Delegates turning up late or not wanting to learn is a problem for many trainers. This often indicates an issue with the commissioning process as delegates have not bought-into the training as something desirable. It may mean the TNA has not been done correctly or the “internal sell” was handled clumsily. One solution is to establish learning aims in line with what delegates want at the start of training and make it clear that participation is optional.

Inadequate Facilities or Technology

A good training provider makes use of what they have and has a low-tech plan B for when the technology breaks down.

Delegates Tired or Bored

Keeping training interactive and experiential will alleviate this problem. Use teaching appropriate for different learning styles and take regular breaks.

No “Real-World Transfer”

Training has a bad reputation in many businesses as people will often go on a course, then promptly forget everything they have learned. It is important to embed learning in real-world applications and give participants ways to continue learning after the contact time.

How to Conduct Business at Home

It is getting more and more common for moms who work at home, giving them the luxuries of flexibility with time. This article hopes to share seven tips with work from home moms about how to conduct business from home.

1. Buy supplies in double quantities so that you will not have to dash out in the middle of a project to buy an item you have run out of.

2. To distinguish between your business and personal life, “dress” for work. Do not sit around in your bathrobe all day.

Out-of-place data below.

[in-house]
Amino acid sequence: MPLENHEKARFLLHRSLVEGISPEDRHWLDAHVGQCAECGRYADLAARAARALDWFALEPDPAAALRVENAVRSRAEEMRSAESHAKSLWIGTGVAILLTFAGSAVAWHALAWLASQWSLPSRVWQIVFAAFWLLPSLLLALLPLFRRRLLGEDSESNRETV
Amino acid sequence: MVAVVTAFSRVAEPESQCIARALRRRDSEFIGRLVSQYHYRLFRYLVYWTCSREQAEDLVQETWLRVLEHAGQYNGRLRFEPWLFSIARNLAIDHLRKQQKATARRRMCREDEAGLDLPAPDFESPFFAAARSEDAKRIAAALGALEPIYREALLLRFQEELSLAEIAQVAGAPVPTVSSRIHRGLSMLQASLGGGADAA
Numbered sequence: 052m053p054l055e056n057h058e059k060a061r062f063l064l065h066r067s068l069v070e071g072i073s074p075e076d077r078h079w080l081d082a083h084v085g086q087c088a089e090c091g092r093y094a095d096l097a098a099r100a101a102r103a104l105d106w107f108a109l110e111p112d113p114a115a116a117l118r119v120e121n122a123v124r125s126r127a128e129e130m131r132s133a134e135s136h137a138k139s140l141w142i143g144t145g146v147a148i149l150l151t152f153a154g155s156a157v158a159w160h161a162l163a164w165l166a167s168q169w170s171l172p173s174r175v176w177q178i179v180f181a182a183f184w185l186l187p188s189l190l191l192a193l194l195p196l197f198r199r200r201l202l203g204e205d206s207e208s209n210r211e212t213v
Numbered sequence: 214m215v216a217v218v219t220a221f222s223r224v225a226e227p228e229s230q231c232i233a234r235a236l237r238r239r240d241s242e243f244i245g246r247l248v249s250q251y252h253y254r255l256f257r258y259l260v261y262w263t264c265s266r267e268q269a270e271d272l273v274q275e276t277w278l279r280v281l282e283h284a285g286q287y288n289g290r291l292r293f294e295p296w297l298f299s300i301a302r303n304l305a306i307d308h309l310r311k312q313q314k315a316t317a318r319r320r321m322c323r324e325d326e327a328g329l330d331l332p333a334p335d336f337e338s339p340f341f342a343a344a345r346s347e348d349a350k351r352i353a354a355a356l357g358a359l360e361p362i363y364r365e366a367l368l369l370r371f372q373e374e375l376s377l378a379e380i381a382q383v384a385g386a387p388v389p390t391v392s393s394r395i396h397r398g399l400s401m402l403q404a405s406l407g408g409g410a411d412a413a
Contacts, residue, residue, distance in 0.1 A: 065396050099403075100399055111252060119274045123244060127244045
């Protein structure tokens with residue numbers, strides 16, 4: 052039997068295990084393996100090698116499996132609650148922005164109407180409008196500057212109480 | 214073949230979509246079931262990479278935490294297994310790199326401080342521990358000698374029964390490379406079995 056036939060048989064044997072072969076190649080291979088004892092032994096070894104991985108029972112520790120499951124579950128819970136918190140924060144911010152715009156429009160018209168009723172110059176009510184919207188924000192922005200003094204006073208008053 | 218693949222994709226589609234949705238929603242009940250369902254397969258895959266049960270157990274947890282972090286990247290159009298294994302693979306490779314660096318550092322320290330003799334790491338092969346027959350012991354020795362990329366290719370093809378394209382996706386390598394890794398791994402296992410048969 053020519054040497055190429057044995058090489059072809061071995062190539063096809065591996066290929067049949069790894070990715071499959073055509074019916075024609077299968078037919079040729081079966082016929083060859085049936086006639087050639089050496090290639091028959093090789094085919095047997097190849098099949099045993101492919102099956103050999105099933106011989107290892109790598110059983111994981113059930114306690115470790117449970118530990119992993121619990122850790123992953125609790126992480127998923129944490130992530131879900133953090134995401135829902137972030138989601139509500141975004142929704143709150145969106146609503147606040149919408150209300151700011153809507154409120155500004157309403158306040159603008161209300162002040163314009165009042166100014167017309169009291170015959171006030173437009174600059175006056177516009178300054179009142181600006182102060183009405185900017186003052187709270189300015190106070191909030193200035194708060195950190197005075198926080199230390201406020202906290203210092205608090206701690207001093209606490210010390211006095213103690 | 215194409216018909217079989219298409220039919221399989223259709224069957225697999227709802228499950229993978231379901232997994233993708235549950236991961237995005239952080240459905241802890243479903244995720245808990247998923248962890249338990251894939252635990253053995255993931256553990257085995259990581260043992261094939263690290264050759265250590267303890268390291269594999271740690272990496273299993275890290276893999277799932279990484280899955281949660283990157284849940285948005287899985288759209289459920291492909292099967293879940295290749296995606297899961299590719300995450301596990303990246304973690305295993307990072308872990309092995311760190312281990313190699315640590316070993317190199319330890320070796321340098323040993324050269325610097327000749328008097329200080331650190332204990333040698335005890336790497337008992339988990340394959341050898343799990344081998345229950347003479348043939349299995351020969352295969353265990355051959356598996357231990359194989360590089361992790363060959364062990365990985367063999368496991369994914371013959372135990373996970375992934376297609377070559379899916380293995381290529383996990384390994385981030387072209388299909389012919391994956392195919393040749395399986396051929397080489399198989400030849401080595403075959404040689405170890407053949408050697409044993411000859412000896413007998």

3. “Walk to work”. Walk around the block and back home. You will get a little morning exercise, and you will arrive at your “office” in a more businesslike frame of mind that is refreshed and ready for work.

4. Maybe no one will see your office, but clutter can draw on your energy. Throw out dead plants, close closet doors, banish the cat from your desktop.

5. Be firm with people who interrupt. Because you are at home, others may not take your work as seriously as compared to when you go to an office.

6. Handle interruptions just as you would at an office – tell others when you will be free. If friends call during working hours, resist the temptation to socialize. Arrange to call them back later.

7. Ideally, your home office should be in a separate room. However, if one is not available, choose a corner that will belong to you and you alone. If necessary, invest in partitions to separate yourself psychologically from the rest of the house. In selecting an area, consider whether there is enough space for a desk and other equipment.